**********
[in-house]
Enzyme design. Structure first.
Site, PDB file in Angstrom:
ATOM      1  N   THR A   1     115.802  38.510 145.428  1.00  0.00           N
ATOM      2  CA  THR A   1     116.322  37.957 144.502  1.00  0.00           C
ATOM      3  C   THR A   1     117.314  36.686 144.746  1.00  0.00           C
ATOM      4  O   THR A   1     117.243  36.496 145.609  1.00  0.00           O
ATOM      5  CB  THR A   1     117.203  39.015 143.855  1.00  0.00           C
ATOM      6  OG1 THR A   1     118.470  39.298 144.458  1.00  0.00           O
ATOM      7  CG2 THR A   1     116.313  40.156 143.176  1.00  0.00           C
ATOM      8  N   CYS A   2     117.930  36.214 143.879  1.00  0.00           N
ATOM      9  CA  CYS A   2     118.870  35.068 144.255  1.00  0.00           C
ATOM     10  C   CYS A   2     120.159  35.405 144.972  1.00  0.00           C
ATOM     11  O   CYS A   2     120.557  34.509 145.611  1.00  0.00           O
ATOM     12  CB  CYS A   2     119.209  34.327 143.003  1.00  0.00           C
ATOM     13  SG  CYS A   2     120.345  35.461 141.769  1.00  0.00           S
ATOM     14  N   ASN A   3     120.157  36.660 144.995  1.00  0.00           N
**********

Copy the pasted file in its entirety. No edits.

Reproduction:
[in-house]
Enzyme design. Structure first.
Site, PDB file in Angstrom:
ATOM      1  N   THR A   1     115.802  38.510 145.428  1.00  0.00           N
ATOM      2  CA  THR A   1     116.322  37.957 144.502  1.00  0.00           C
ATOM      3  C   THR A   1     117.314  36.686 144.746  1.00  0.00           C
ATOM      4  O   THR A   1     117.243  36.496 145.609  1.00  0.00           O
ATOM      5  CB  THR A   1     117.203  39.015 143.855  1.00  0.00           C
ATOM      6  OG1 THR A   1     118.470  39.298 144.458  1.00  0.00           O
ATOM      7  CG2 THR A   1     116.313  40.156 143.176  1.00  0.00           C
ATOM      8  N   CYS A   2     117.930  36.214 143.879  1.00  0.00           N
ATOM      9  CA  CYS A   2     118.870  35.068 144.255  1.00  0.00           C
ATOM     10  C   CYS A   2     120.159  35.405 144.972  1.00  0.00           C
ATOM     11  O   CYS A   2     120.557  34.509 145.611  1.00  0.00           O
ATOM     12  CB  CYS A   2     119.209  34.327 143.003  1.00  0.00           C
ATOM     13  SG  CYS A   2     120.345  35.461 141.769  1.00  0.00           S
ATOM     14  N   ASN A   3     120.157  36.660 144.995  1.00  0.00           N